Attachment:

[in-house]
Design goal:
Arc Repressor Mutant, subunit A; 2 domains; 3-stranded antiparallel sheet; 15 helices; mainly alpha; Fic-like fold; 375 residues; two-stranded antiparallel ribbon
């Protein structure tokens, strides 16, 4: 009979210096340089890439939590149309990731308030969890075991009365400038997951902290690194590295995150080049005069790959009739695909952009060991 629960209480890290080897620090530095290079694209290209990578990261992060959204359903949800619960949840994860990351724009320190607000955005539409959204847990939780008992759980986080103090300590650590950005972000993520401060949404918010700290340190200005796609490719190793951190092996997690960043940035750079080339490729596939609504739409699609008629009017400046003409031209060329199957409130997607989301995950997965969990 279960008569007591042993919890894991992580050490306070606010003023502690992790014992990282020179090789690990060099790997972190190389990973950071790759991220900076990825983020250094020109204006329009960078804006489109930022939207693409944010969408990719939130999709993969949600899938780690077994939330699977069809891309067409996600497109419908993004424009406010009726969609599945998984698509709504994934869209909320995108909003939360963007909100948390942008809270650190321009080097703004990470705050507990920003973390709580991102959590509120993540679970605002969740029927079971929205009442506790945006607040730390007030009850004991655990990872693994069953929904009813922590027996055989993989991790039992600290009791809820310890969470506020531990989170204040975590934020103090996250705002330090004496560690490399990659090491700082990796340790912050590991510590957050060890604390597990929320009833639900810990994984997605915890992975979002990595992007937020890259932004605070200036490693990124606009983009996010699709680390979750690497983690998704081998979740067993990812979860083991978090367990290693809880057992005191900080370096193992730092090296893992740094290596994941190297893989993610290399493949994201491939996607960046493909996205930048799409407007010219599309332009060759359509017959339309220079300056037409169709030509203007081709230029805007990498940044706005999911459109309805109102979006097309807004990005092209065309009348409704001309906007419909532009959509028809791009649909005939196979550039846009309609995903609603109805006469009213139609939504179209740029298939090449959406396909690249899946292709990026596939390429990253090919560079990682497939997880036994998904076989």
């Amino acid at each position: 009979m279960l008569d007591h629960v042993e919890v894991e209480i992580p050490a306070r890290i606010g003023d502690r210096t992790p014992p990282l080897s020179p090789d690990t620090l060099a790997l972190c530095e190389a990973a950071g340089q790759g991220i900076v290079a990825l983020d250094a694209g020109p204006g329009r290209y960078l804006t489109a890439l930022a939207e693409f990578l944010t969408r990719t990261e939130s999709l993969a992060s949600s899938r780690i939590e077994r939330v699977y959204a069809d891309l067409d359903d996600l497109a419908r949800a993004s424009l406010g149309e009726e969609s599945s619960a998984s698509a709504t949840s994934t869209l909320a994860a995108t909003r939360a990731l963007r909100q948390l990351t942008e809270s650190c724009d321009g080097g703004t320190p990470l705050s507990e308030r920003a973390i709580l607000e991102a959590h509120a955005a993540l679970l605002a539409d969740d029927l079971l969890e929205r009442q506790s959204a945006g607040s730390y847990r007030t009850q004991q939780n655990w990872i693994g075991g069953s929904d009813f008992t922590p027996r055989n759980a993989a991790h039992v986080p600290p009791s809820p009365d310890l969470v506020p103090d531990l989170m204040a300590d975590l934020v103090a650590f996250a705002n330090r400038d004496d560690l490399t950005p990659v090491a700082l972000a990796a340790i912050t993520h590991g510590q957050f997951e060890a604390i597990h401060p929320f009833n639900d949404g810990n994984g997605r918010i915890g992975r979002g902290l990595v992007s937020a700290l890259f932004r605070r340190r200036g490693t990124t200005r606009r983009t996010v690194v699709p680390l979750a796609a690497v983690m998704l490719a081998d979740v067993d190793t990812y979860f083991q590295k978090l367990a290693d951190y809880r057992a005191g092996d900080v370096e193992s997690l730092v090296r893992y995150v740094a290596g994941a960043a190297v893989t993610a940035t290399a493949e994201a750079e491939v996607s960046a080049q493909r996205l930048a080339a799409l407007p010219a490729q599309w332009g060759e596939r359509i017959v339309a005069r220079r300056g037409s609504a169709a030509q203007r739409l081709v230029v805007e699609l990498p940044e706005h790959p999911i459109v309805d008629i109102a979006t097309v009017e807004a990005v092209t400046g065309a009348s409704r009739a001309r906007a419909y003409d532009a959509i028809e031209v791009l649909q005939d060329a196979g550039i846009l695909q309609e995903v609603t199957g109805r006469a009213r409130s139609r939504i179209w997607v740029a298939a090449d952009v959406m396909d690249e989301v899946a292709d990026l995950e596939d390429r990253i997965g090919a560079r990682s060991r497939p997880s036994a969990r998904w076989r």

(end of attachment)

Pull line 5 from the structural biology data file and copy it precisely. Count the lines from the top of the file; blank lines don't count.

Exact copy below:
């Amino acid at each position: 009979m279960l008569d007591h629960v042993e919890v894991e209480i992580p050490a306070r890290i606010g003023d502690r210096t992790p014992p990282l080897s020179p090789d690990t620090l060099a790997l972190c530095e190389a990973a950071g340089q790759g991220i900076v290079a990825l983020d250094a694209g020109p204006g329009r290209y960078l804006t489109a890439l930022a939207e693409f990578l944010t969408r990719t990261e939130s999709l993969a992060s949600s899938r780690i939590e077994r939330v699977y959204a069809d891309l067409d359903d996600l497109a419908r949800a993004s424009l406010g149309e009726e969609s599945s619960a998984s698509a709504t949840s994934t869209l909320a994860a995108t909003r939360a990731l963007r909100q948390l990351t942008e809270s650190c724009d321009g080097g703004t320190p990470l705050s507990e308030r920003a973390i709580l607000e991102a959590h509120a955005a993540l679970l605002a539409d969740d029927l079971l969890e929205r009442q506790s959204a945006g607040s730390y847990r007030t009850q004991q939780n655990w990872i693994g075991g069953s929904d009813f008992t922590p027996r055989n759980a993989a991790h039992v986080p600290p009791s809820p009365d310890l969470v506020p103090d531990l989170m204040a300590d975590l934020v103090a650590f996250a705002n330090r400038d004496d560690l490399t950005p990659v090491a700082l972000a990796a340790i912050t993520h590991g510590q957050f997951e060890a604390i597990h401060p929320f009833n639900d949404g810990n994984g997605r918010i915890g992975r979002g902290l990595v992007s937020a700290l890259f932004r605070r340190r200036g490693t990124t200005r606009r983009t996010v690194v699709p680390l979750a796609a690497v983690m998704l490719a081998d979740v067993d190793t990812y979860f083991q590295k978090l367990a290693d951190y809880r057992a005191g092996d900080v370096e193992s997690l730092v090296r893992y995150v740094a290596g994941a960043a190297v893989t993610a940035t290399a493949e994201a750079e491939v996607s960046a080049q493909r996205l930048a080339a799409l407007p010219a490729q599309w332009g060759e596939r359509i017959v339309a005069r220079r300056g037409s609504a169709a030509q203007r739409l081709v230029v805007e699609l990498p940044e706005h790959p999911i459109v309805d008629i109102a979006t097309v009017e807004a990005v092209t400046g065309a009348s409704r009739a001309r906007a419909y003409d532009a959509i028809e031209v791009l649909q005939d060329a196979g550039i846009l695909q309609e995903v609603t199957g109805r006469a009213r409130s139609r939504i179209w997607v740029a298939a090449d952009v959406m396909d690249e989301v899946a292709d990026l995950e596939d390429r990253i997965g090919a560079r990682s060991r497939p997880s036994a969990r998904w076989r």